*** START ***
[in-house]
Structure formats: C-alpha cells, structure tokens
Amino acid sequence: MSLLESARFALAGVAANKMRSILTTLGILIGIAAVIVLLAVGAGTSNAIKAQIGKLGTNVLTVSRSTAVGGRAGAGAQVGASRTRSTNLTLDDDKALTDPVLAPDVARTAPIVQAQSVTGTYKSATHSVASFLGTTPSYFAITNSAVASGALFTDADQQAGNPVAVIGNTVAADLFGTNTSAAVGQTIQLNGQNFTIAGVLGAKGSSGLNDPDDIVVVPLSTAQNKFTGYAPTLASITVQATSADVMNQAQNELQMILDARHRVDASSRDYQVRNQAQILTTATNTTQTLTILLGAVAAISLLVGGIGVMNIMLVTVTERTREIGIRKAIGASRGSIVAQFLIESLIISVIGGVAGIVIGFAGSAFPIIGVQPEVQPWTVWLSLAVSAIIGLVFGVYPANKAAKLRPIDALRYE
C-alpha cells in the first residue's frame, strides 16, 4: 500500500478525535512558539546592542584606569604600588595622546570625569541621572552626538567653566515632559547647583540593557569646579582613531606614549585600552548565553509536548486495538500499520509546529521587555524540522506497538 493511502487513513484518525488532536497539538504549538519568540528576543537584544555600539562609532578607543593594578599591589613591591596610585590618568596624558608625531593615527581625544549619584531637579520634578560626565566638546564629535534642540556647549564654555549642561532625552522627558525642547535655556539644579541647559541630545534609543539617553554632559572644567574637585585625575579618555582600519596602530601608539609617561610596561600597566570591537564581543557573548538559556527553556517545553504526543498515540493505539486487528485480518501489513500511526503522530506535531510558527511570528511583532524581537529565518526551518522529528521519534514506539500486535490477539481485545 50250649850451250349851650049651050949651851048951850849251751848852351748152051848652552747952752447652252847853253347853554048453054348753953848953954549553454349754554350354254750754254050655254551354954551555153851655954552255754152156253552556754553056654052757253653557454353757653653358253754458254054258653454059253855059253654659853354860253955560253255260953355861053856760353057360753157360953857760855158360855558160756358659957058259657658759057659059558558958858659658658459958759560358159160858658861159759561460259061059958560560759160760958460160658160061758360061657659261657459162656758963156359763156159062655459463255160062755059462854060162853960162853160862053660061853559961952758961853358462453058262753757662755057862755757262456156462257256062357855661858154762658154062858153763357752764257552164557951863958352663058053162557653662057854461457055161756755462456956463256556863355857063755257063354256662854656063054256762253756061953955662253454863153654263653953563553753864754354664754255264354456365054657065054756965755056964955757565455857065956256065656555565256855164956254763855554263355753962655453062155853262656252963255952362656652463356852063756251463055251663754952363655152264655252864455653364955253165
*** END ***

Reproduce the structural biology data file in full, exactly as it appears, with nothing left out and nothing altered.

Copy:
[in-house]
Structure formats: C-alpha cells, structure tokens
Amino acid sequence: MSLLESARFALAGVAANKMRSILTTLGILIGIAAVIVLLAVGAGTSNAIKAQIGKLGTNVLTVSRSTAVGGRAGAGAQVGASRTRSTNLTLDDDKALTDPVLAPDVARTAPIVQAQSVTGTYKSATHSVASFLGTTPSYFAITNSAVASGALFTDADQQAGNPVAVIGNTVAADLFGTNTSAAVGQTIQLNGQNFTIAGVLGAKGSSGLNDPDDIVVVPLSTAQNKFTGYAPTLASITVQATSADVMNQAQNELQMILDARHRVDASSRDYQVRNQAQILTTATNTTQTLTILLGAVAAISLLVGGIGVMNIMLVTVTERTREIGIRKAIGASRGSIVAQFLIESLIISVIGGVAGIVIGFAGSAFPIIGVQPEVQPWTVWLSLAVSAIIGLVFGVYPANKAAKLRPIDALRYE
C-alpha cells in the first residue's frame, strides 16, 4: 500500500478525535512558539546592542584606569604600588595622546570625569541621572552626538567653566515632559547647583540593557569646579582613531606614549585600552548565553509536548486495538500499520509546529521587555524540522506497538 493511502487513513484518525488532536497539538504549538519568540528576543537584544555600539562609532578607543593594578599591589613591591596610585590618568596624558608625531593615527581625544549619584531637579520634578560626565566638546564629535534642540556647549564654555549642561532625552522627558525642547535655556539644579541647559541630545534609543539617553554632559572644567574637585585625575579618555582600519596602530601608539609617561610596561600597566570591537564581543557573548538559556527553556517545553504526543498515540493505539486487528485480518501489513500511526503522530506535531510558527511570528511583532524581537529565518526551518522529528521519534514506539500486535490477539481485545 50250649850451250349851650049651050949651851048951850849251751848852351748152051848652552747952752447652252847853253347853554048453054348753953848953954549553454349754554350354254750754254050655254551354954551555153851655954552255754152156253552556754553056654052757253653557454353757653653358253754458254054258653454059253855059253654659853354860253955560253255260953355861053856760353057360753157360953857760855158360855558160756358659957058259657658759057659059558558958858659658658459958759560358159160858658861159759561460259061059958560560759160760958460160658160061758360061657659261657459162656758963156359763156159062655459463255160062755059462854060162853960162853160862053660061853559961952758961853358462453058262753757662755057862755757262456156462257256062357855661858154762658154062858153763357752764257552164557951863958352663058053162557653662057854461457055161756755462456956463256556863355857063755257063354256662854656063054256762253756061953955662253454863153654263653953563553753864754354664754255264354456365054657065054756965755056964955757565455857065956256065656555565256855164956254763855554263355753962655453062155853262656252963255952362656652463356852063756251463055251663754952363655152264655252864455653364955253165